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Try geocaching for some extra scratch
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Recently, my Littles and I were foraging through some woods out in the wilds of Newton County in search of a geocache. Doesn’t that already sound like something wonderful? Just say it with me one time…. “geo-cassshhhhh.” See? Doesn’t that word just reek of adventure and good times? If you don’t know the first thing about geocaching, that’s OK. I’m here to tell you a thing or two and why I think it’s one of the most awesome activities a family can do together. Geocaching is like treasure hunting made even more fabulous because anyone can do it. You just need a GPS and a sense of fun. Most people have the first and are discovering the second.

When families geocache, they use global positioning systems to locate a hidden treasure or “cache.” Once you’ve made the initial investment in a handheld GPS, geocaching is a free activity. Inside caches, you’ll find low priced trinkets with a log book. You locate the cache, take an item, leave one, sign the log book, and congratulate one another on a job well done. While most caches are placed in rural settings, there are hundreds upon hundreds in and around Atlanta, for example. Presently, there are some 650,000 caches hidden all over the world. You can learn about these caches on any number of websites. Just go to to get started. You can register for a free account. You’ll be happy to find that Newton County has scads of caches just waiting to be discovered.

You can search for caches by keyword or zip code on these websites. You’ll see there are different kinds of caches. My Littles like to find the ones hidden by other kids. That’s especially exciting for them. There are trackable objects like geocoins and travel bugs as well as multi-step puzzles. You can just start out with the basics though and be engaged in and around Newton County for months and months. 

Online cache descriptions include exact coordinates of the cache, what type of cache it is (most often a water proof container filled with those low priced “treasures” and a log book), a rating of how difficult the terrain is or how difficult it is to find the cache, and clues as well as comments from other folks who have already found it. In the beginning, I was choosing which cache we’d seek, but now, my Littles like to be a part of the process. The more experience we get the more difficult and advanced they like for the caches to be. 

No matter what type of cache you begin with, once you arrive at the cache location, searching for it is the most thrilling part of the journey. It can be anywhere around the area of those coordinates. If you’re in a high visibility area like say, our downtown square, you’ll get a lot of funny looks, but that’s just part of the fun! My Littles are just beside themselves with anticipation when they have to start really searching, searching for the cache.

It’s important to remember that there are geocaching dos and don’ts, a little cache etiquette, if you will. Be sure to sign the logbook. That’s pretty thrilling for the cache owner to see who all has come a’callin’ to their cache. If you take something from the cache, you should leave something. The search for the cache is a thrilling adventure, but for my Littles, it’s the treasures that awaits them and, believe me, it can be anything. The cache starts with a certain number of items, and then items are traded as the cache is discovered. It’s anyone's guess what you’ll find.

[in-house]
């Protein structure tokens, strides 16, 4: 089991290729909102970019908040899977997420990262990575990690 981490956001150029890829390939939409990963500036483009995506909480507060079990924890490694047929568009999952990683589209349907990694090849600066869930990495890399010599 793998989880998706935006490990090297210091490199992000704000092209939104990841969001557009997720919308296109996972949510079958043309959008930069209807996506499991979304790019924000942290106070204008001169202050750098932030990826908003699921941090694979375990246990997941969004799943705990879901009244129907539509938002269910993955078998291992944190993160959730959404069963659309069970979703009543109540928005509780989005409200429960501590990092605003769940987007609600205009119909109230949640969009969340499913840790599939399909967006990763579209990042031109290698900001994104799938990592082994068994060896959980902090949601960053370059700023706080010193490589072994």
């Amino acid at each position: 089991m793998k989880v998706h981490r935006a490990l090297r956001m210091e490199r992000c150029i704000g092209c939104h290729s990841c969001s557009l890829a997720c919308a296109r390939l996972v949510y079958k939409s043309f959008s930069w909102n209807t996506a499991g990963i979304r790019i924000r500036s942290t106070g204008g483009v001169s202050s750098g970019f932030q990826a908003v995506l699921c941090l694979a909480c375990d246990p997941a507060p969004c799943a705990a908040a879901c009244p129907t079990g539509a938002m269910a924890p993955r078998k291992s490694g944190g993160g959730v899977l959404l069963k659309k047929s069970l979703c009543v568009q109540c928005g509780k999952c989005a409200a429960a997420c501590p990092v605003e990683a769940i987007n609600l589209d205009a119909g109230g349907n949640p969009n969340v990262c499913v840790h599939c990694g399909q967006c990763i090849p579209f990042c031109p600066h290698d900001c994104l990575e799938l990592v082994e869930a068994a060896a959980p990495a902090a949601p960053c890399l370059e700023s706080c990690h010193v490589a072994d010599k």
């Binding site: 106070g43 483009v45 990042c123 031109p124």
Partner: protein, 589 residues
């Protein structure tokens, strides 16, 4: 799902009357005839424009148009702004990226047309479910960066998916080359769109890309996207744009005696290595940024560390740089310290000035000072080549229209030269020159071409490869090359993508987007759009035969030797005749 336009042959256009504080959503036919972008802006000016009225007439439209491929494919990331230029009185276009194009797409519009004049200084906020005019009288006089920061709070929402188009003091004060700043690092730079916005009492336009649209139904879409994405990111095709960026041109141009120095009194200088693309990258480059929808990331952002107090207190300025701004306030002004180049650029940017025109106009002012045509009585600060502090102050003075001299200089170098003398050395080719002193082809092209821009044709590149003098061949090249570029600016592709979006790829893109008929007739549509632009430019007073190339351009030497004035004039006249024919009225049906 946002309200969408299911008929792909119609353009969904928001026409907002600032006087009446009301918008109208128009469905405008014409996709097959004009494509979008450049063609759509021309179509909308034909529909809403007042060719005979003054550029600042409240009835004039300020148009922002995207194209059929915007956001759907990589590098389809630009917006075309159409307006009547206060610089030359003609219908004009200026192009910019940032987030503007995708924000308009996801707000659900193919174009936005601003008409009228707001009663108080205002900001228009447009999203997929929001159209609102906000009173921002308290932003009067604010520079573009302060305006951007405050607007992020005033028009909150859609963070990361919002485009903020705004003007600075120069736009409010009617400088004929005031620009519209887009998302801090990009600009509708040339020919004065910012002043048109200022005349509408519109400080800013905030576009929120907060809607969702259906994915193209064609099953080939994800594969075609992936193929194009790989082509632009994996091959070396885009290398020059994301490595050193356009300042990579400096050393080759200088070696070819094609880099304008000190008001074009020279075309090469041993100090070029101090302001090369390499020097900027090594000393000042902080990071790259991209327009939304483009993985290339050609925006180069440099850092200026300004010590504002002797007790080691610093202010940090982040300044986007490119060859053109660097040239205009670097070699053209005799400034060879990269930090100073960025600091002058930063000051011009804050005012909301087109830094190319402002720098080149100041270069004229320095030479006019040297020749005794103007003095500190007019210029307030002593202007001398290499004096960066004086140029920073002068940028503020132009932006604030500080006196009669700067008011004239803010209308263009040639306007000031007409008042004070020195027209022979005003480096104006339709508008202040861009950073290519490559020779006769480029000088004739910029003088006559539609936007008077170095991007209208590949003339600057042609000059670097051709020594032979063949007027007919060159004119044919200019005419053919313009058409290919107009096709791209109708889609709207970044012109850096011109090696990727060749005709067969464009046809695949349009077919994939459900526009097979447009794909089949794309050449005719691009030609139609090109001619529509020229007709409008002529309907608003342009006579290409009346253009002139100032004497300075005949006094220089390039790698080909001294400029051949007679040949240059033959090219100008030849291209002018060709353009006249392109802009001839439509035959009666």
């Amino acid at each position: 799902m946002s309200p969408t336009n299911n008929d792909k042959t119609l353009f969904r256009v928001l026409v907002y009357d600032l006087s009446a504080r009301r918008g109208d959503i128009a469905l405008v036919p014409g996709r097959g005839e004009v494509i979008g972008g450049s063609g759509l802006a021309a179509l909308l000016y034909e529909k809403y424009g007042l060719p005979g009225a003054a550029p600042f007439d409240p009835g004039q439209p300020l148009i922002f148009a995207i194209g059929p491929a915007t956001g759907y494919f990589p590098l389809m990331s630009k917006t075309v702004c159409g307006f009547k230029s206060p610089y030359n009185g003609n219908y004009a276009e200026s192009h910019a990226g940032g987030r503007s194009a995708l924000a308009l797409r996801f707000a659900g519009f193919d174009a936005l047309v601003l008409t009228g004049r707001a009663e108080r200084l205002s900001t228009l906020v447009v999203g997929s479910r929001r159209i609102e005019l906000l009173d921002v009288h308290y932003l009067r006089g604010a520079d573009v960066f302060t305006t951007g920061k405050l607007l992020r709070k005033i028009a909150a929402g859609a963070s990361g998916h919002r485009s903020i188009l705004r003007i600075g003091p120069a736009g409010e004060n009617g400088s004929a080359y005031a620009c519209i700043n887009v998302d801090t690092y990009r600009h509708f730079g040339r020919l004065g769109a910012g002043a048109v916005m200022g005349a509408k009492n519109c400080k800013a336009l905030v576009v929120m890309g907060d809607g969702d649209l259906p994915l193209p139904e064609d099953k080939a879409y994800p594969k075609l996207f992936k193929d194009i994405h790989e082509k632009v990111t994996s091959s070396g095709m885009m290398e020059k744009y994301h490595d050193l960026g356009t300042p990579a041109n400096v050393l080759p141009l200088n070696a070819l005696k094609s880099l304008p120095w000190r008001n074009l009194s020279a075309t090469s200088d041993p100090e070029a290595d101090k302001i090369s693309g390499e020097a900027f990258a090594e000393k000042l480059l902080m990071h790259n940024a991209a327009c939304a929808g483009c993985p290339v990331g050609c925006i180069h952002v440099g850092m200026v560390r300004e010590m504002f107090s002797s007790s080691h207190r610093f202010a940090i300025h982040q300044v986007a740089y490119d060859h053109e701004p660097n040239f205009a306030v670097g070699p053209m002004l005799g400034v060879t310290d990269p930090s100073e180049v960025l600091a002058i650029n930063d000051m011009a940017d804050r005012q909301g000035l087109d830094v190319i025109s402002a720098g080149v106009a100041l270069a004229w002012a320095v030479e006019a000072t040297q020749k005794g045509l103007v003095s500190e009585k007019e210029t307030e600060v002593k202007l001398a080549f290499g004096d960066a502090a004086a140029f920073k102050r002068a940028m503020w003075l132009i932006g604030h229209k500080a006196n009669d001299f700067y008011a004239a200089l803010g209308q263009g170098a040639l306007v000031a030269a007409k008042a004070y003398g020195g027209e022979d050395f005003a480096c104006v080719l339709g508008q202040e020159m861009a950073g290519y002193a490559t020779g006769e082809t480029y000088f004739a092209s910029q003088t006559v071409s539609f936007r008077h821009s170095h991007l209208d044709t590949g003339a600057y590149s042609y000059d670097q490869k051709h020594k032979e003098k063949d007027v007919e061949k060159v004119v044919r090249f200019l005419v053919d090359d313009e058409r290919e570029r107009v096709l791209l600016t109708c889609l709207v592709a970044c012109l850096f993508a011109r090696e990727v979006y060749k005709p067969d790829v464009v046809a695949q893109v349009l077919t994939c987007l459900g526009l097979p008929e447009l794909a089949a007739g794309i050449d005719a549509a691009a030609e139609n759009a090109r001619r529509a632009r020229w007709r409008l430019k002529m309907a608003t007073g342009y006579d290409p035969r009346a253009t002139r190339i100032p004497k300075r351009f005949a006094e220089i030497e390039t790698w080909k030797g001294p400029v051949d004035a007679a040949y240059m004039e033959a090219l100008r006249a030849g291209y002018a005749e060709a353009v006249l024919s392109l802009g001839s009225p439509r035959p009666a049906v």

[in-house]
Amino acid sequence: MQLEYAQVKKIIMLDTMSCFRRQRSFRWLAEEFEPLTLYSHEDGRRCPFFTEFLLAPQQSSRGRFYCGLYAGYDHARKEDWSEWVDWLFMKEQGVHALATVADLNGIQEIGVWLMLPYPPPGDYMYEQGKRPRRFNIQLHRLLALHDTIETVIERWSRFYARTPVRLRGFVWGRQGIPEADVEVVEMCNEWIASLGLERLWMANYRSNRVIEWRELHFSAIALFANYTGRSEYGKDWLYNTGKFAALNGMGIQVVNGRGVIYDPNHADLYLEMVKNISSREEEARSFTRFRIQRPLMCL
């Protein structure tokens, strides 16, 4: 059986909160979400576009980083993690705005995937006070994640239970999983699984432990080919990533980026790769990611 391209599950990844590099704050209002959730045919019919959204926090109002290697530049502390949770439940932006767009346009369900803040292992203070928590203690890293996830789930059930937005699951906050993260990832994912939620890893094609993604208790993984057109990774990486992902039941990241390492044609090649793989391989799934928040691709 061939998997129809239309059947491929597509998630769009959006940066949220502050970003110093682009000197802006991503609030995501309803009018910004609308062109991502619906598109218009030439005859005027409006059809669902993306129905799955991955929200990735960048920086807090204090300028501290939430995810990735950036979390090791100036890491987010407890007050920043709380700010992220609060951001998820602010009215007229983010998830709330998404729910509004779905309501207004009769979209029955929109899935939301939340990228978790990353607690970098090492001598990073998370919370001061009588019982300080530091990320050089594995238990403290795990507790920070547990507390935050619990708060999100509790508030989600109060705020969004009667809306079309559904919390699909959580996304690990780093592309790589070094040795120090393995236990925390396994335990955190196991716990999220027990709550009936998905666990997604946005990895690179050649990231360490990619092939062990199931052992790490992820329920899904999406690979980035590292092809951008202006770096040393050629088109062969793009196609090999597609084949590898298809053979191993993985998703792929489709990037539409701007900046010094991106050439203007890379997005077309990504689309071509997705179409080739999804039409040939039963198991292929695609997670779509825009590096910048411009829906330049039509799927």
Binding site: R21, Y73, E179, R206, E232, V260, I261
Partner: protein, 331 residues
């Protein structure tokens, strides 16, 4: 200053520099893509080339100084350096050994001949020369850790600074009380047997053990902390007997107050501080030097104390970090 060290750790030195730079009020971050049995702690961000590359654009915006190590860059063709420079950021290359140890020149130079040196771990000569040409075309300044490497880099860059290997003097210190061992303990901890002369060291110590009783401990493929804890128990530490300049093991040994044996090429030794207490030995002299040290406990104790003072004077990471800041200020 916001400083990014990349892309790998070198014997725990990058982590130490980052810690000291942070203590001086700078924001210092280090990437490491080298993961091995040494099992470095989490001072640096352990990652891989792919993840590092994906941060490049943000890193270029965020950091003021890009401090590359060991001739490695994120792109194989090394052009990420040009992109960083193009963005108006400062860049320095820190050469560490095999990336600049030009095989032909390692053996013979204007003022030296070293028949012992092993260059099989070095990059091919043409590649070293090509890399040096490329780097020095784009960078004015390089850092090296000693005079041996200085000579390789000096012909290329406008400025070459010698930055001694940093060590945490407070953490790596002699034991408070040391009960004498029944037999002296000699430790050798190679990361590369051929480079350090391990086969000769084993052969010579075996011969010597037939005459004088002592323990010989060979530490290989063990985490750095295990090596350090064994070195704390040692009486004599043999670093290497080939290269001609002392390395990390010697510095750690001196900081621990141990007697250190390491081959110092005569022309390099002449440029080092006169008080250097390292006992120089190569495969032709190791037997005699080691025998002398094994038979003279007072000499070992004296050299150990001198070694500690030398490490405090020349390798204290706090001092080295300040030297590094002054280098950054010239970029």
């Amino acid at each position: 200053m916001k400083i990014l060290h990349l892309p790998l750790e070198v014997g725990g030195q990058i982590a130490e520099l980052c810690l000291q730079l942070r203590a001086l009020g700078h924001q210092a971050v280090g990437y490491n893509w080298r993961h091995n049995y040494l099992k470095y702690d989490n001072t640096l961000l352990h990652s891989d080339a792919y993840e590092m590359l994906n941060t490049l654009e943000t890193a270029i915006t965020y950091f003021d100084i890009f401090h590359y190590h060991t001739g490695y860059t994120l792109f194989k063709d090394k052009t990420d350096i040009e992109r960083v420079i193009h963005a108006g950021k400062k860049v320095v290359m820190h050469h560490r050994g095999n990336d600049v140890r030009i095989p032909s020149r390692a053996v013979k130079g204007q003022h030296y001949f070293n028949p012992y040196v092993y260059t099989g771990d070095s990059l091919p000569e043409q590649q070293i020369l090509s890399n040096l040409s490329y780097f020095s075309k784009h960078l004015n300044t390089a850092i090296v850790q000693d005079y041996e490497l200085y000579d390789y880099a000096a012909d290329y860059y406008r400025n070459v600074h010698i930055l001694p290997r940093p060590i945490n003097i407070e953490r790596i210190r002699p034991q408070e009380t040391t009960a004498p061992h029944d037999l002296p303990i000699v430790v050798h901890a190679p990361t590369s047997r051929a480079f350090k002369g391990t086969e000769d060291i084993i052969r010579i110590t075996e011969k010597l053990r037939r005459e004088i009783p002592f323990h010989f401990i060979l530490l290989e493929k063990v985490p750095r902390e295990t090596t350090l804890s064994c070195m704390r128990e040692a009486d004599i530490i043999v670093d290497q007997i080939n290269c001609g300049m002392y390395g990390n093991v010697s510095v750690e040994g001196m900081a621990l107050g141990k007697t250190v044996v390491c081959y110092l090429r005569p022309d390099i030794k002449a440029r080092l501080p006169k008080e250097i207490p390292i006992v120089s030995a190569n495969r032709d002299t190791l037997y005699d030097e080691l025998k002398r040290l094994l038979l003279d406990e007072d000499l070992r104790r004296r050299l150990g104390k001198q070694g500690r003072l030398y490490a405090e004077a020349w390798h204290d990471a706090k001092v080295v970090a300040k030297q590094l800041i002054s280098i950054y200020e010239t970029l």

Some folks like to leave something that really represents who they are, a signature item. We like to leave little handmade crafts like a finger-woven scarf or a peace sign made from twigs we find in our woods out back. My middle-Little likes to leave little manga drawings she has made and my little-Little thinks when she leaves a beaded necklace for someone, she is really giving them quite the treasure. Sometimes, the cache has like items for trade, like the Harry Potter theme we went after or toy dinosaurs, for example. Just be sure you bring something for each child to put in if each child is taking something out.  You don’t want to leave something that will spoil (like food) or anything illegal (I know- who would even do that, right?). Here’s our family’s rule about what we leave in the cache — we always leave something “better” than we take. We make sure to trade up and think of the next family who will find the cache. Being nice feels pretty darn good, friends.

Be sure to return the cache to the location where you found it, properly sealing the container. We take the “leave it better than you find it” approach to just about everything we do, so we make sure we pick up any litter we’ve found during the whole journey. Be sure you never leave any litter of your own and that you aren’t trespassing in your quest for a cache. Caches shouldn’t be on private property.

What I like most about geocaching with my family is that it pulls us out of our comfort zones. I mean, most kids wouldn’t say, “Please, take me on a hike today, Mom!” If you say you’re geocaching though, they are all on board and ready to go. The idea of a treasure hunt is universally appealing to kids of all ages, including the adult variety. Now, don’t go telling your kids this, but geocaching is educational. You’ll learn about geography, map reading, history, science, geology and so much more. Even if word gets out that some learning might be going on when you’re geocaching, I doubt your kids will kick up a fuss. Kids are outdoors, spending time with their families, and they won’t even care that they’re learning stuff, too. Geocaching just may be the best thing for families since the invention of the Slip n’  Slide.


Beth McAfee-Hallman lives in Covington and can be reached at